The hypothesis of POE in ADHD may be supported by several previous studies. The variability in ADHD phenotype was shown to vary depending on parental ADHD history and syndromes with ADHD symptomatology exhibit clinical evidence of POE. Furthermore, it is well-established that the expression of growth-enhancing genes such as IGF2 (insulin-like growth factor 2) is regulated through imprinting, while suboptimal prenatal environment resulting in low birth weight or preterm birth can increase the risk for adverse neurobehavioral outcomes, including ADHD.
Currently, there is no methodology to properly investigate POE (especially for continuous phenotypes), meaning that all previous studies on POE in ADHD are subject of much debate and little replication. This project will be performed in collaboration with BROAD Institute of Harvard and MIT (Boston, MA, USA), where we will be working on the development of new methodology as well as the analyses of the data.

Impact of research: 
We hope to be able to examine a territory of genetics that has not been addressed so far (at least not in human genetics): parent of origin effects. These effects may not only help our understanding of ADHD, but also provide insight into missing heritability. Figuring out if maternal genome plays a role in the development of ADHD will bring us one step closer to efficient treatment and prevention through better understanding of the disease ethology.
Date proposal received: 
Friday, 24 February, 2017
Date proposal approved: 
Wednesday, 15 March, 2017
Keywords: 
Genetics, Mental health, Epigenetics, GWAS, Statistical methods, parent of origin effects, Biomarkers - e.g. cotinine, fatty acids, haemoglobin, etc., Genetics - e.g. epigenetics, mendelian randomisation, UK10K, sequencing, etc., Methods - e.g. cross cohort analysis, data mining, mendelian randomisation, etc., Nutrition - breast feeding, diet, Statistical methods, mental health

B2852 - Validation analysis of DNA methylation in children related to prenatal particulate matter air pollution exposure - 2017/15/03

B number: 
B2852
Principal applicant name: 
Paul Yousefi | MRC Integrative Epidemiology Unit, University of Bristol (United Kingdom)
Co-applicants: 
Gemma Sharp , Michelle Plusquin, Caroline Relton , Paolo Vineis, John Henderson
Title of project: 
Validation analysis of DNA methylation in children related to prenatal particulate matter air pollution exposure
Proposal summary: 

Prenatal exposure to air pollution is considered to be associated with adverse effects on developmental processes and children’s health. This may partly be mediated by mechanisms related to DNA methylation. The aim of this study is to investigate the relationship between in utero exposure to air pollution (specifically fine particulate matter ≤10μm (PM10)) with DNA methylation at over 480,000 methylation CpG sites across the genome. This project will work in concert with preliminary analysis conducted by the PACE consortium (Pregnancy and childhood epigenetics), a large collection of birth cohort studies, that have identified several putative CpG-air pollution associations that need to be replicated in a separate, independent study. At the time of the initial conception of this project within PACE, ALSPAC did not have the air pollution data required to participate. However, this has since been developed and we will seek to use the ALSPAC consortium as a unique resource to examine association between PM10 and DNA Methylation at birth, verifying the preliminary results of the PACE analysis.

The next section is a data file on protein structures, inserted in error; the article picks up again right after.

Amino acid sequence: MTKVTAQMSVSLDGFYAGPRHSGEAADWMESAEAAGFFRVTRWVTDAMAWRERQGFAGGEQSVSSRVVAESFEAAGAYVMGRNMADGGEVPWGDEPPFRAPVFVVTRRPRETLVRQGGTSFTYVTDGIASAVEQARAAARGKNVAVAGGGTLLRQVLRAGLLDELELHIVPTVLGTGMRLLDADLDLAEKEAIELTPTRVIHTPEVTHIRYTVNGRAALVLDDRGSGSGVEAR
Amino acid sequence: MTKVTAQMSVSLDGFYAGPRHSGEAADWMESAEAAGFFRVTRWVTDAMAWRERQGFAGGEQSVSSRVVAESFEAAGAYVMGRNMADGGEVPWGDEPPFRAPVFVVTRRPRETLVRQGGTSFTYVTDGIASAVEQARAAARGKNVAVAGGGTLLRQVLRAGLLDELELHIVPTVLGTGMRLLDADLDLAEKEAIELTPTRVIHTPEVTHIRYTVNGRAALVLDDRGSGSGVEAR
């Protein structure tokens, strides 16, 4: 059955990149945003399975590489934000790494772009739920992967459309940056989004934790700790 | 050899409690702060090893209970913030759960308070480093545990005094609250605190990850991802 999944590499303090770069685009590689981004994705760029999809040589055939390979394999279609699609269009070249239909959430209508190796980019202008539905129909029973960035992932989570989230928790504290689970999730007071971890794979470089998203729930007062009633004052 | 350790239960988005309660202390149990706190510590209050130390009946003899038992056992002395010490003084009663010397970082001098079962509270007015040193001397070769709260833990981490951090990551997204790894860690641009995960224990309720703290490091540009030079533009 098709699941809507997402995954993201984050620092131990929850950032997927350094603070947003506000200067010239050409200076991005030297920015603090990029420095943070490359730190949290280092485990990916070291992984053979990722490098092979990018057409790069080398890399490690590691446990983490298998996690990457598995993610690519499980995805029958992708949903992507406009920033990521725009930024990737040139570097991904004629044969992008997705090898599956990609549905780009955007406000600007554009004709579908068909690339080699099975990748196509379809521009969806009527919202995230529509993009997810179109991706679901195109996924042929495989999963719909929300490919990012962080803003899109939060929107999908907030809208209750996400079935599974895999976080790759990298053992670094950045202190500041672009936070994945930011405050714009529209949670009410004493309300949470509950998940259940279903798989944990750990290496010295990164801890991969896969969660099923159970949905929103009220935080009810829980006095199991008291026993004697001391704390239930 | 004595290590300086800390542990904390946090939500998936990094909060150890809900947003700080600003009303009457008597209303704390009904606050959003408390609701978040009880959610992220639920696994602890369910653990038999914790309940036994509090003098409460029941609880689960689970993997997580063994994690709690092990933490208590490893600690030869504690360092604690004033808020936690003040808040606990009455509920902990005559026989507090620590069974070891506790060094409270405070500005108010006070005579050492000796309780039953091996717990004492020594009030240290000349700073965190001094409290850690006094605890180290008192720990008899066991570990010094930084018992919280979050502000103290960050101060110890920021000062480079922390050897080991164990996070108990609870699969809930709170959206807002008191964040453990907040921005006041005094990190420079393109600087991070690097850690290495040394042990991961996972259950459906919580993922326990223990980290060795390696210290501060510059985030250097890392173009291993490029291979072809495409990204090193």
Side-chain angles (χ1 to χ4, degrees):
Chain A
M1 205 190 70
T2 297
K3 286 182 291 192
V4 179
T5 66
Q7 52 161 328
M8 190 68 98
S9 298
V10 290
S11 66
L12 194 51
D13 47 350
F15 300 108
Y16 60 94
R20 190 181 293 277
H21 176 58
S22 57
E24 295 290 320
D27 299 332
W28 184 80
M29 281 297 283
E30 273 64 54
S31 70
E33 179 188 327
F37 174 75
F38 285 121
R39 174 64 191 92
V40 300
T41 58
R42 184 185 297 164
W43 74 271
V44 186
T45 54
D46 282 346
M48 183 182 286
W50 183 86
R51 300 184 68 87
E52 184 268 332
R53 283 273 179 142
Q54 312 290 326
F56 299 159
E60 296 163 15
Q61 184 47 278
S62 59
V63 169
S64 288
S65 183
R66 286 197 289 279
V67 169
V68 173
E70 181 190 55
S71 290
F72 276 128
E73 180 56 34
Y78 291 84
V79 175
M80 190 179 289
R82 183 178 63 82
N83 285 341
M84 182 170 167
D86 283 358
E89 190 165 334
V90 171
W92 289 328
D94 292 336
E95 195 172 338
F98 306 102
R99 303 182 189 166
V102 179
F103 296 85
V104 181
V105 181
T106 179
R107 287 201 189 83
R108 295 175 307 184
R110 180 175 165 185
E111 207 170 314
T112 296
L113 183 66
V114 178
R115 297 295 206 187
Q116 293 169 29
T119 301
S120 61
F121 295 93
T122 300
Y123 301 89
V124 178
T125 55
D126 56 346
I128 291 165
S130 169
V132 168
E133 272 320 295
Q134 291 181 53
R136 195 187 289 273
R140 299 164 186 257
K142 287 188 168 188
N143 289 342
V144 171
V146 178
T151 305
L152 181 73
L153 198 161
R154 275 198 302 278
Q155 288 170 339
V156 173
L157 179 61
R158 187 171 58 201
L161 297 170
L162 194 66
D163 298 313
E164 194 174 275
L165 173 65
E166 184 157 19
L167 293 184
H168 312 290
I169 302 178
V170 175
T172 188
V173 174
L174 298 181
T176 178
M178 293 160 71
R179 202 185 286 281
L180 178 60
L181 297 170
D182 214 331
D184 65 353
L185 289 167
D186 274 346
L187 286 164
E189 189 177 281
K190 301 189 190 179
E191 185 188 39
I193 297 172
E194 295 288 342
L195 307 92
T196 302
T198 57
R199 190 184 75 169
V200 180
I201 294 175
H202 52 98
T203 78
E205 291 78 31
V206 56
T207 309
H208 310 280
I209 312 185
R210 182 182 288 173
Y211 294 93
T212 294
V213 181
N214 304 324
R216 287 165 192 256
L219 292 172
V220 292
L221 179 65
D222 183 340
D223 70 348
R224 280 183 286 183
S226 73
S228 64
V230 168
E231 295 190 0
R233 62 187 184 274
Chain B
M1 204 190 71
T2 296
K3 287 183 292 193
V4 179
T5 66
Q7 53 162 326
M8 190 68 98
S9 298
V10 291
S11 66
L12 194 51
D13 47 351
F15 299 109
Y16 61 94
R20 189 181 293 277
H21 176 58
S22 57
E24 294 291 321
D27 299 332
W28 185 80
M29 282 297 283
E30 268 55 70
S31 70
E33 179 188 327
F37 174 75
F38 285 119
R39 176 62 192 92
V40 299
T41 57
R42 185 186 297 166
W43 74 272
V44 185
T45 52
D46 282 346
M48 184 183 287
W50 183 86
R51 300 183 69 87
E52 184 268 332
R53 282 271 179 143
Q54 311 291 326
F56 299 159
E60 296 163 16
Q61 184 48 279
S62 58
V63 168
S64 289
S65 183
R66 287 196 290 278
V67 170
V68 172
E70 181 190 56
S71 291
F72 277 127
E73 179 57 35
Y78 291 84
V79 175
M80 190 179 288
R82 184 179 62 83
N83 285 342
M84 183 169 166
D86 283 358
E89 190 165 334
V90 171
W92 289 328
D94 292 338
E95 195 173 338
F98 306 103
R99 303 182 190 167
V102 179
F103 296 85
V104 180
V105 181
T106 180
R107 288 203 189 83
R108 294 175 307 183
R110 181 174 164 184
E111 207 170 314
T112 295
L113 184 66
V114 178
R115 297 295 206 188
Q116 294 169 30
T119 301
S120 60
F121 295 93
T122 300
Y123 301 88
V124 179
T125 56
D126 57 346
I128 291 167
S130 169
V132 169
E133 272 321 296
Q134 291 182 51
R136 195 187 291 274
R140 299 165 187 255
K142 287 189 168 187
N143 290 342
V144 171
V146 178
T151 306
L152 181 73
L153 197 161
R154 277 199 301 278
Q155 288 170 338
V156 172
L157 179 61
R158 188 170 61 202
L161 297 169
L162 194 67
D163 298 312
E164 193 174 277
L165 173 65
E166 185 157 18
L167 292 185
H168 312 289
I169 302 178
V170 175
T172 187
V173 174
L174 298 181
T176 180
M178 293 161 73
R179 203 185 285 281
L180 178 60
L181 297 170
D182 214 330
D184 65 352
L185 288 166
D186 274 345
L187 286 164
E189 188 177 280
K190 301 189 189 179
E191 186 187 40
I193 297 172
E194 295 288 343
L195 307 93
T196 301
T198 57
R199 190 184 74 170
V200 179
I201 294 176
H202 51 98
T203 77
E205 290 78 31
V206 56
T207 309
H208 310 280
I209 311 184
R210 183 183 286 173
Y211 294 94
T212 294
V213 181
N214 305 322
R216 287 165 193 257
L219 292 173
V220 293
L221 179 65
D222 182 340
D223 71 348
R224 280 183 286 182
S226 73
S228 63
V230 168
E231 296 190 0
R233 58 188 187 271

Impact of research: 
The primary academic beneficiaries of this project will be environmental and biological scientists who will gain insight into the role of the epigenome and environmental air pollution exposures. Researchers in the field of lifecourse epidemiology will benefit from a clearer understanding of the role of epigenetic mechanisms in the programming of later health and behaviors. Academics at all career stages, from PhD students to senior academics will have the opportunity to engage with and benefit from the research proposed.
Date proposal received: 
Friday, 24 February, 2017
Date proposal approved: 
Wednesday, 15 March, 2017
Keywords: 
Epidemiology, Epigenetics, Microarrays, Environment - enviromental exposure, pollution, Air Pollution, Particulate Matter

B2853 - Objectively assessed habitual physical activity and future metabolic functioning - 2017/15/03

B number: 
B2853
Principal applicant name: 
Joshua Bell | MRC IEU at the University of Bristol (United Kingdom)
Co-applicants: 
Prof George Davey Smith, Dr David Carslake, Dr Rebecca Richmond, Prof Mark Hamer
Title of project: 
Objectively assessed habitual physical activity and future metabolic functioning
Proposal summary: 

Physical activity is widely linked with better metabolic functioning, but whether these links reflect distinct causal effects is unclear. In the absence of robust genetic instruments for physical activity, we aim to examine habitual levels of physical activity across adolescence in relation to future metabolic profiles in young adulthood. To do this, we aim to use 3 repeated measures of objectively assessed physical activity (total, light, moderate-to-vigorous, and sedentary time), along with 2 repeated measures of objectively assessed fitness and lean body mass, and to relate these to a wide array of blood-based metabolic markers at follow-up (and to change in these from historical assessments) in the form of clinically relevant traits including fasting insulin and over 80 metabolites including branched chain amino acids. The ALSPAC cohort of children is an ideal resource for carrying out this study given availability of repeated objective measures and the young age of participants which allows associations to be estimated with minimal bias due to subclinical disease.